My partner makes me anxious.  I don’t know if I should bring them to my therapy or do individual work.


You might already be an anxious person or you have been suffering from anxiety due to some recent events in your life.

On top of that, your partner creates additional anxiety for you.  You wish they would help make things less stressful for you but things seem to be getting worse and you are stuck.  It is time to look for a therapist since you have not been able to improve things on your own.

You are wondering if you need to come by yourself or if you should bring your partner along.  After all, your relationship is being impacted by your anxiety.  Perhaps your partner feels that you don’t have a relationship problem; they think that the problem is “you”.

It turns out that you are a good candidate for couples therapy instead of just individual therapy.  This is because couples therapy can be used to treat a diagnosis of an anxiety disorder.  You do not need to seek individual therapy if your condition is affecting your relationship.

Although anxiety happens within the individual, it is possible to address a person’s psychological difficulty through a social context (a marriage or a family).

The next question is, “will your partner be motivated to attend”?

Partner-Assisted Intervention


In a partner-assisted or family-assisted intervention, the partner or the family member is trained to be used as a “surrogate therapist” or coach assisting the person with anxiety.

A therapist can help you create specific assignments to take place outside of the therapy session.  This works very well if the partner is supportive and willing to help.  Sometimes we have situations where partners say that “they are fine” and they don’t need to attend.  This is most likely an indication that your partner is insecure because they think that in therapy, we find someone to blame (this does not happen!).

For example, a partner might accompany an individual who suffers from social anxiety on exposure outings as a way to offer support and adherence to the treatment plan. You might think, “I already do that”.   That is very good, but sometimes partners need to learn skills about how to become a more effective “surrogate therapist”.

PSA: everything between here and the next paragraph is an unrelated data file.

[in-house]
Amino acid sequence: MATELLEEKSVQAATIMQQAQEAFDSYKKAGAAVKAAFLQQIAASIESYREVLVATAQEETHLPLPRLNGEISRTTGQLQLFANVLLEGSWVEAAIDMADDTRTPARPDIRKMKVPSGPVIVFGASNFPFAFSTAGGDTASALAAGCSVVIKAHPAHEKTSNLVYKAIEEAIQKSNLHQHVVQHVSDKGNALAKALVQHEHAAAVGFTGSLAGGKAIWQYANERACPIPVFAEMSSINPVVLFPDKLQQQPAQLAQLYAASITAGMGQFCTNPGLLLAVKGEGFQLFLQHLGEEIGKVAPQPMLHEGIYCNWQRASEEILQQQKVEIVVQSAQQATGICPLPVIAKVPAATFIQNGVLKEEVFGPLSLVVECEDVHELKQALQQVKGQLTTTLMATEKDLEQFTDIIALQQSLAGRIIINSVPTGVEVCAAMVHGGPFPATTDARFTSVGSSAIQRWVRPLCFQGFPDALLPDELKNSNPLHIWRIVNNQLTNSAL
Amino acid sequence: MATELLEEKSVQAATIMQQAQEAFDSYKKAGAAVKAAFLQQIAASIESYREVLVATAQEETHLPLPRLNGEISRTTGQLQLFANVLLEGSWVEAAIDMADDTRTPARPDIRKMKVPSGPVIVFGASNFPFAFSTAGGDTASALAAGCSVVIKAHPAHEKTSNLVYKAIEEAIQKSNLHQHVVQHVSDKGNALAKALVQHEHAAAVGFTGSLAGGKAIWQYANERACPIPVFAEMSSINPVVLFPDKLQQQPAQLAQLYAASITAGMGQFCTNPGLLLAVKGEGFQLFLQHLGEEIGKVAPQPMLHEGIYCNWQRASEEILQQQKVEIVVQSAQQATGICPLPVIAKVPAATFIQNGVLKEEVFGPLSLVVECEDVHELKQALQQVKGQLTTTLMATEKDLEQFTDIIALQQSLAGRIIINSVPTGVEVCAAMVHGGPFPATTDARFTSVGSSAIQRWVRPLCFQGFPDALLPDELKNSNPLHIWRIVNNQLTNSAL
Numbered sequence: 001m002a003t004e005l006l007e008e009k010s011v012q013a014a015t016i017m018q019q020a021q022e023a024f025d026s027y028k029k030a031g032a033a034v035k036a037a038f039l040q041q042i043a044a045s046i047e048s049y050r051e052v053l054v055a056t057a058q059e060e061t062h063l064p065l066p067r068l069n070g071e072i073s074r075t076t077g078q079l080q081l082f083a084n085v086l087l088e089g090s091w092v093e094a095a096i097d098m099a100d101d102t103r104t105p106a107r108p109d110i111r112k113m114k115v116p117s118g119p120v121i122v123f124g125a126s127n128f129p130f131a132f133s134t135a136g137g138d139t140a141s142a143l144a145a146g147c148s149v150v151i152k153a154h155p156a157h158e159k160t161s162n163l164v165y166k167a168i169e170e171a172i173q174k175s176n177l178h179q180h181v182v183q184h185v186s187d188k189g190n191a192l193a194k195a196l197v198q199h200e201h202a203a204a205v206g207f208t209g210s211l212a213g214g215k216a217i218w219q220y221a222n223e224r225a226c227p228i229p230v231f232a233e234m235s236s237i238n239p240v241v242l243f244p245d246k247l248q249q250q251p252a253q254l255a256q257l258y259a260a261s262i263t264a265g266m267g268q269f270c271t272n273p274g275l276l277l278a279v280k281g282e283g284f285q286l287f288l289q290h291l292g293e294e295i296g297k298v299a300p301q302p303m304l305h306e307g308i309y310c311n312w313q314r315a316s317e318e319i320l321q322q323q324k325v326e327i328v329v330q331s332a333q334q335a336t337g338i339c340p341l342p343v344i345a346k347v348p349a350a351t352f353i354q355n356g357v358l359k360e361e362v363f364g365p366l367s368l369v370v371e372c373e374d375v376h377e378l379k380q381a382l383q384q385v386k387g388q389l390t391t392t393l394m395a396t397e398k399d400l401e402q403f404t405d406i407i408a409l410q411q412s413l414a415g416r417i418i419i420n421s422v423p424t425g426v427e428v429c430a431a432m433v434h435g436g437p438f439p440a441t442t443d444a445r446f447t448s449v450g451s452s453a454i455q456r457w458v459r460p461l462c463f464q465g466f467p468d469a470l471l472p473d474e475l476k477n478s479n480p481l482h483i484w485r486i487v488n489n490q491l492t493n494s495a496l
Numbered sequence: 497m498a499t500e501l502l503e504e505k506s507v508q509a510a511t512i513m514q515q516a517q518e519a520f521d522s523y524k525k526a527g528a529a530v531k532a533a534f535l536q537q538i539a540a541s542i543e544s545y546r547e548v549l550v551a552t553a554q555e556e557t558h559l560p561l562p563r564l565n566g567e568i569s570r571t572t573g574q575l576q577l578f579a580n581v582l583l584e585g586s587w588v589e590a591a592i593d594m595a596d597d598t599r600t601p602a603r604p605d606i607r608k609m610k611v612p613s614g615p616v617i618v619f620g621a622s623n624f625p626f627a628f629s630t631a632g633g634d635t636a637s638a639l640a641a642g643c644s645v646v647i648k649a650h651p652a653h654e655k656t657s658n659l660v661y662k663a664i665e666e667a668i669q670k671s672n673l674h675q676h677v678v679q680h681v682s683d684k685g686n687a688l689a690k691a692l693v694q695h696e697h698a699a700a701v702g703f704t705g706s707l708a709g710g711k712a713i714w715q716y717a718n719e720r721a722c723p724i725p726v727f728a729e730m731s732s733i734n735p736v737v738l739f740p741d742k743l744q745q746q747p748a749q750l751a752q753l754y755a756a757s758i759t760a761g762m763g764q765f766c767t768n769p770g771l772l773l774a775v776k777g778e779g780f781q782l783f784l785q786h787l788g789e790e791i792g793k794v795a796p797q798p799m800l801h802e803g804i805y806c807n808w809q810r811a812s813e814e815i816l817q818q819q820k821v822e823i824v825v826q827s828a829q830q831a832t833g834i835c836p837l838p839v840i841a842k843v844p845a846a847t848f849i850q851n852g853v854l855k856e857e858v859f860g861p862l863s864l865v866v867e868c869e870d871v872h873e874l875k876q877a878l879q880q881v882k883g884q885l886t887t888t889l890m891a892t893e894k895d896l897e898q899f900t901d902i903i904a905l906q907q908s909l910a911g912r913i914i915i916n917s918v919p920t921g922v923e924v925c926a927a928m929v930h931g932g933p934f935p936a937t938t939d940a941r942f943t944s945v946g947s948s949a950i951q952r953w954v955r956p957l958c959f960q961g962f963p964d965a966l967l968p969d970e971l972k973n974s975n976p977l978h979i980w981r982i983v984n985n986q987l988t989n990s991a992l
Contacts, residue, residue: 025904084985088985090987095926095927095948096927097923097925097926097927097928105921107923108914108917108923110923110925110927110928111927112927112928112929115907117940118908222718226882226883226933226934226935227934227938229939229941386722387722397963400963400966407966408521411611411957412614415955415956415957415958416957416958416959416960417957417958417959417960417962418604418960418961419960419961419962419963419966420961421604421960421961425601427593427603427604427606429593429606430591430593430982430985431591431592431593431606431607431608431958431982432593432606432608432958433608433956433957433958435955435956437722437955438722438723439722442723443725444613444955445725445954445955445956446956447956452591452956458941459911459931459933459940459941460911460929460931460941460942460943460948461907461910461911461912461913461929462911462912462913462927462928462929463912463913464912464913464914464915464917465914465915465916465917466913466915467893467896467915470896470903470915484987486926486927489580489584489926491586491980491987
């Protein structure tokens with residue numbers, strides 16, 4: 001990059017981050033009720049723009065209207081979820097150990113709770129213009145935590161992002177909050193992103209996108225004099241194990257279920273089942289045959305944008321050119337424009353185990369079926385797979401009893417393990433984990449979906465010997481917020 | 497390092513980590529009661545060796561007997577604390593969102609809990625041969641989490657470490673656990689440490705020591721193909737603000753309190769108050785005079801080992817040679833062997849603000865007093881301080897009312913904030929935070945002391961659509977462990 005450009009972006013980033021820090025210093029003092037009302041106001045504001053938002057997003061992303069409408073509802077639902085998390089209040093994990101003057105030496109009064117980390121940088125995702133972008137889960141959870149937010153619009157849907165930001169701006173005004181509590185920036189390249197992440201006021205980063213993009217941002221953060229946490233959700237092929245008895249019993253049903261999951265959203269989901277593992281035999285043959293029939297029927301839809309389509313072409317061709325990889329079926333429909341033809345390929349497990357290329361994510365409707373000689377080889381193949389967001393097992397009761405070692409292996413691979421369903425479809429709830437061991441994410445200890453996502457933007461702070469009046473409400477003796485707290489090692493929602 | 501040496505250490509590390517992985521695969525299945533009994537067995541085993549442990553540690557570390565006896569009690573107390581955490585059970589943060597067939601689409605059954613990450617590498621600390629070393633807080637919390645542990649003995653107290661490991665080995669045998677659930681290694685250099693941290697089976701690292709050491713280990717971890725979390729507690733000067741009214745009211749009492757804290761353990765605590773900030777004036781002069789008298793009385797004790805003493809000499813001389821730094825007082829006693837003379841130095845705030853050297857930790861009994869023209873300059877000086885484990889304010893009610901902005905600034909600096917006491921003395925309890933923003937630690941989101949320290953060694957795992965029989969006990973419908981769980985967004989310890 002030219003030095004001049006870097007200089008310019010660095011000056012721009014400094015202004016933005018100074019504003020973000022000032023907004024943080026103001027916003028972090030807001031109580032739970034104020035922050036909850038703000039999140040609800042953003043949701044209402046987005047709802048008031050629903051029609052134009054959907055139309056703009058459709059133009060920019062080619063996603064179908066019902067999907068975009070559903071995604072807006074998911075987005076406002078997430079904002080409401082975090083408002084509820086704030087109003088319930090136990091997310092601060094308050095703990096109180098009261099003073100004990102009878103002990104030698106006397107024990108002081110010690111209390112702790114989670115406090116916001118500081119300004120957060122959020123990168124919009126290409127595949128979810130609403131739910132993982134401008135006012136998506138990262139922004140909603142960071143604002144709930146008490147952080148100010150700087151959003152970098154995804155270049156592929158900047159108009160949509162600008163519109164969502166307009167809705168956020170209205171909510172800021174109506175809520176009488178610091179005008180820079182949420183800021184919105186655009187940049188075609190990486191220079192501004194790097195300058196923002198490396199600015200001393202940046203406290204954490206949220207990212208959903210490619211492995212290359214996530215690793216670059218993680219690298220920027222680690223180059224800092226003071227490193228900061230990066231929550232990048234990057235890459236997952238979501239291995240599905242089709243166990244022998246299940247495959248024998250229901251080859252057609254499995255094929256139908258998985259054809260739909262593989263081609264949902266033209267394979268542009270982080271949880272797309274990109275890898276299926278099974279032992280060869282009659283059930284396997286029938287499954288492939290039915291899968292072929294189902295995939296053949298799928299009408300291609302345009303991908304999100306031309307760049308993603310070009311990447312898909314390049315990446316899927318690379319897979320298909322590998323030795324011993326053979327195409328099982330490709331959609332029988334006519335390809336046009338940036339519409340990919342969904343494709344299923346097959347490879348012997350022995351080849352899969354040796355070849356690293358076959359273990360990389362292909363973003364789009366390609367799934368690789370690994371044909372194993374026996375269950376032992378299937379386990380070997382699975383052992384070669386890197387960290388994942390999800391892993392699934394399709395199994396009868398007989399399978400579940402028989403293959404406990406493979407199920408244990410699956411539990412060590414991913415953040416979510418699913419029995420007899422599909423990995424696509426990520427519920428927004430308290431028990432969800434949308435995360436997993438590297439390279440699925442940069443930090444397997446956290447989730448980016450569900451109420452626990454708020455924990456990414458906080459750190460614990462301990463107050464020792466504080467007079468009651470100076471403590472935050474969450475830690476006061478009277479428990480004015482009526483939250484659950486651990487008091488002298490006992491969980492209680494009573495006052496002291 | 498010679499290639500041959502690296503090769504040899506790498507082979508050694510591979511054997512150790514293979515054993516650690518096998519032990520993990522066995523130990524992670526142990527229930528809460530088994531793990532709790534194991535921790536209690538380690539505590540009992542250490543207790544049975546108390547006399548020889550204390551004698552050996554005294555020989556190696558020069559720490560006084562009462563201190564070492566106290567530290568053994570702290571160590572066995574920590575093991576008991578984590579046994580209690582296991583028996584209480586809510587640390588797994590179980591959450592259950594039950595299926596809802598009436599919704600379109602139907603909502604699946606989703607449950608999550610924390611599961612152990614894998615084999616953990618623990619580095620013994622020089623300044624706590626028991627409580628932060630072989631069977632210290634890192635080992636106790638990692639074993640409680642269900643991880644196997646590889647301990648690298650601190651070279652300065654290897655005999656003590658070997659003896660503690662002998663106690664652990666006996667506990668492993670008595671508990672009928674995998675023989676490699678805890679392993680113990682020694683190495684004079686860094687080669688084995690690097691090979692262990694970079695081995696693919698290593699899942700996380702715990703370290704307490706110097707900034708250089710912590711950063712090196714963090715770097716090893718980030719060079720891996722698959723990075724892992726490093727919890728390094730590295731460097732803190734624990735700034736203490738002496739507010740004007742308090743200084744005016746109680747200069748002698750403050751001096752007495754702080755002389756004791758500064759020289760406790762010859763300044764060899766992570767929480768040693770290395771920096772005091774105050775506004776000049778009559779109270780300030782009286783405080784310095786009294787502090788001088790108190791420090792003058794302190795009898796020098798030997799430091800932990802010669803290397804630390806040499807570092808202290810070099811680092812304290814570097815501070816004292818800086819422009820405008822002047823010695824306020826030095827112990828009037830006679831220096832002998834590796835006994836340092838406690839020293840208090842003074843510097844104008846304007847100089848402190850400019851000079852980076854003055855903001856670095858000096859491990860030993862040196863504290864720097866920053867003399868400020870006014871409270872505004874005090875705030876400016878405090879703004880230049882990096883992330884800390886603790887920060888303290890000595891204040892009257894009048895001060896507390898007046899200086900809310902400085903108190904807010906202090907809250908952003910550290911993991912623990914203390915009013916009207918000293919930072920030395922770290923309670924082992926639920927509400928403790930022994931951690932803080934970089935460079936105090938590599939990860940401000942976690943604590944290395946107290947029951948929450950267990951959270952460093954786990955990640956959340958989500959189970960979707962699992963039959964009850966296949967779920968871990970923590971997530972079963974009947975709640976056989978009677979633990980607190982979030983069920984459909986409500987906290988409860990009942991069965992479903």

Therapists can teach skills to alter negative interactive cycles and to increase the connection between partners. They will also educate you on the nature of the individual’s disorder.  The more you explore and learn about the disorder, the better you can support your partner.

An informed partner can identify and modify specific ways in which your environment is maintaining or making the situation worse.  They can encourage you to behave in ways that will lessen the disorder and help you cope better.

If couples are not getting along, we must remember that the focus of the intervention is not on the dynamics between the couple, but on reducing the symptoms of anxiety for one partner.  A therapist will follow your treatment along and you will be able to share that other problems might also be happening, or that you need additional resources regarding your relationship.

Disadvantages of Partner-Assisted Interventions


Having an anxiety disorder can be significantly associated with marital discord for either partner where a partner might not be so motivated to help.  This happens when couples have so many responsibilities including children, finances, job-related stress, etc.

Sometimes having your partner assist with the treatment might not be a good idea because this could create an imbalance in your relationship. One partner can become negatively labeled “sick partner” or the helping spouse can be viewed as the superior partner in the relationship or “well partner”.

In relationships where couples love each other, respect each other, and want to support and improve their wellbeing, to have someone who shows contempt towards your anxiety signifies a much larger problem and can be dangerous.

Couples who are impacted by the presence of contempt (e.g. frequent statements that come from a relative position of superiority) must know that contempt is the greatest predictor of divorce and it must be eliminated.  Contempt is a frequent source of distress that prompts clients to seek counseling.

Should you enlist your partner to assist you with your diagnosis of anxiety? You can certainly give it a try provided that you are seeing a couples therapist to guide you.

The most important thing is to remember that having a support system (your partner, family, or friends) is an incredible resource to help you go through this debilitating condition.

If you would like to learn more about how your partner can help you, contact me and we can discuss whether this is a viable treatment option for both of you.

I hope we have an opportunity to work together.



Source: Empirically supported couple and family interventions for marital distress and adult mental health problems. Journal of Consulting and Clinical Psychology